Balance And Composure
The Things We Think We’re Missing
09 September 2013
When the term “stadium rock” is applied to something, it’s predominately in a pejorative sense. It’s a euphemism for blandness, palatability, fit for mass consumption. But stadium rock isn’t always M.O.R. triviality; Brand New headlined Wembley Arena in 2010, and sounded right at home in such a setting. The instant intimacy of the headliners filled the vast venue that night, and proved emotive post-hardcore could still bare its soul in such a characterless environment. With Brand New currently AWOL, a successor is required to take back “stadium rock” from synonymity with banality, and Balance And Composure may just be that band.
Balance And Composure’s 2011 debut Separation was a remarkable record, one that admittedly wasn’t the first to take the sincerity of emo and infuse it with the density of grunge, but certainly presented a unique take on the style. The Things We Think We’re Missing is more of a consolidatory effort than an exploratory one, but it also espouses Balance And Composure’s true strength, which is to sound monolithic. Aided by producer Will Yip (Title Fight, Circa Survive, Blacklisted), the songs sound even bigger than ever before, while retaining the elements that put them on everybody’s lips in the first place. It’s less raucous than before, but the cinematic atmospherics created on this record, coupled with Jonathon Simmons’ unique, earnest vocals, means it would sound just as fantastic in a dingy dive bar as it would in the “McDonalds Aircraft Hangar”, or some-such arena.
Just as a sporting team is only as strong as its weakest member, albums can be judged in a similar sentiment, but fallibility is simply nowhere to be found here. Don’t mistake this for implying monotony as it is certainly not lacking in highlights; the combination of ‘Lost Your Name’ and ‘Back Of Your Head’ is formidable to say the least and ‘Notice Me’ is a phenomenal song, most of the last minute showcasing Simmons at his most cathartic. The initial gambit of the album exhorts a robust driving force, but latter content shows B&C nous for a keen, sonorous melody, especially in songs like ‘Reflection’ and ‘I’m Swimming’, another double-header sequence that exhibits the facets of this full-length. As if that were not enough, on penultimate number ‘Keepsake’, a song which ruminates on a messy break-up, the quintet are embellished with the graceful tones of Circa Survive’s Anthony Green, and the union yields wonderful results.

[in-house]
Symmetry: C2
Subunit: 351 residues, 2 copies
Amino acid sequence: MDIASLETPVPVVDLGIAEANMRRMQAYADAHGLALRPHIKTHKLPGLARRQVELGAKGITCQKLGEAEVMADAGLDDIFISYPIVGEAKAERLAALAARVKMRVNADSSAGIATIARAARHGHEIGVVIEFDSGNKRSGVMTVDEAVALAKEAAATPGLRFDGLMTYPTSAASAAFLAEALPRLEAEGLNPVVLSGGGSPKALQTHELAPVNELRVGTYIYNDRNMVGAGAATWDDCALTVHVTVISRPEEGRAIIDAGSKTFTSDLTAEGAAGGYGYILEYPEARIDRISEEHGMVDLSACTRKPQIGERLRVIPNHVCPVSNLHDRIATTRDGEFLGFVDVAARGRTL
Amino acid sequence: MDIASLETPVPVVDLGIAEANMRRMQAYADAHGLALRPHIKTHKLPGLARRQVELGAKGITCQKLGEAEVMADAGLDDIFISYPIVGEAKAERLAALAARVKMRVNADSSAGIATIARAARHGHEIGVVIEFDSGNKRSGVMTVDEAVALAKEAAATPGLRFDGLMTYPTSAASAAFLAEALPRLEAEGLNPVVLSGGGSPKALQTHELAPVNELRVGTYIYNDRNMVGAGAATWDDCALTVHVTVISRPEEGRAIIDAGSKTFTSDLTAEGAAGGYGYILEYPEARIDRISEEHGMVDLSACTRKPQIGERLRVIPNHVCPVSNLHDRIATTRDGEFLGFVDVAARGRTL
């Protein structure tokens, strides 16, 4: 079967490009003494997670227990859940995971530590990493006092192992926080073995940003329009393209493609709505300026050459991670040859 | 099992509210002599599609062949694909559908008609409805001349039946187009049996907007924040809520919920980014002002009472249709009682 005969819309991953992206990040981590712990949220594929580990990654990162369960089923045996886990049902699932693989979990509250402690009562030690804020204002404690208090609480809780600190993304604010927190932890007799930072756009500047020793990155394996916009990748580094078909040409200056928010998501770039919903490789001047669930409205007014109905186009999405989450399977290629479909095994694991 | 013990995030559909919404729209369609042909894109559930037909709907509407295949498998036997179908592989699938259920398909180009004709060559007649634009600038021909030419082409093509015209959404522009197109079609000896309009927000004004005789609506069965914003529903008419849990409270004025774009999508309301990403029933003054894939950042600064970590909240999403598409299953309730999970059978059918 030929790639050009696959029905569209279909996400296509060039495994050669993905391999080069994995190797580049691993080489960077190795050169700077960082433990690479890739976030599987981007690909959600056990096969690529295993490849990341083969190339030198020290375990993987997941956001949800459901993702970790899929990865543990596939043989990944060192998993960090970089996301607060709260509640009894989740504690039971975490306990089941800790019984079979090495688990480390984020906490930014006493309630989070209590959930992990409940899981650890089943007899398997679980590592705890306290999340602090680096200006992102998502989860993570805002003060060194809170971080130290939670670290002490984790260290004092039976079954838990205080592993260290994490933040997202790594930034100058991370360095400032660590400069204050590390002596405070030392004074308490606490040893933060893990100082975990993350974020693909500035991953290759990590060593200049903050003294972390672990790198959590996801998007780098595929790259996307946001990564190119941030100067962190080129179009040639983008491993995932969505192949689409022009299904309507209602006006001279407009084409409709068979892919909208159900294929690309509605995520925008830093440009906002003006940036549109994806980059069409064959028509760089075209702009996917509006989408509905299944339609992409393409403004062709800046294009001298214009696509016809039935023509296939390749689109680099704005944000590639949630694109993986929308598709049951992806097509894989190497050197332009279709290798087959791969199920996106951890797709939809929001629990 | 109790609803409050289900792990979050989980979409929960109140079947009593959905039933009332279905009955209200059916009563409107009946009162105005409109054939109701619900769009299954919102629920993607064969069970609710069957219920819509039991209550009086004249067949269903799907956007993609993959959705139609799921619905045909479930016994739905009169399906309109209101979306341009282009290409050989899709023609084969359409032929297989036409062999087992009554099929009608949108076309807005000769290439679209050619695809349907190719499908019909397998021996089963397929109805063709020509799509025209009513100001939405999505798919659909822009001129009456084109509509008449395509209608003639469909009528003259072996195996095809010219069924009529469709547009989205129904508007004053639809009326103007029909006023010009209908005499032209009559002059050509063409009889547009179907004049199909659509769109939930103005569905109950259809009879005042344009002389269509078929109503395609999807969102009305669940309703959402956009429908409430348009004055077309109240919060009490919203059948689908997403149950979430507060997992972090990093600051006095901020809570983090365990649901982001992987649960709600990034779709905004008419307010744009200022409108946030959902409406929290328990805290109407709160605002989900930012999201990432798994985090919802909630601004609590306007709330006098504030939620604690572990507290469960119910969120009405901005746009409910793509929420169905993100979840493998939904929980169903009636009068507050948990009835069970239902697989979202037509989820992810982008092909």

While not a perfect album – it’s a little lengthy at points, and ends on rather abrupt terms with ‘Enemy’ – The Things We Think We’re Missing builds an irrepressible momentum, fluidly maintaining the intensity. Longer-term fans may be disappointed to discover its stripped-back nature rather than large creative leaps, but this record more than fulfills the heady expectations set by Separation. It evolves their sound and style to a higher plane, one that their contemporaries will attempt to rehash, but will rarely make sound quite as effortless as this. Those enormodomes won’t know what hit ‘em.
Sounds Like: Snow Patrol for people that like neckbeards and plaid
Standout Tracks: Lost Your Name, Back Of Your Head, Notice Me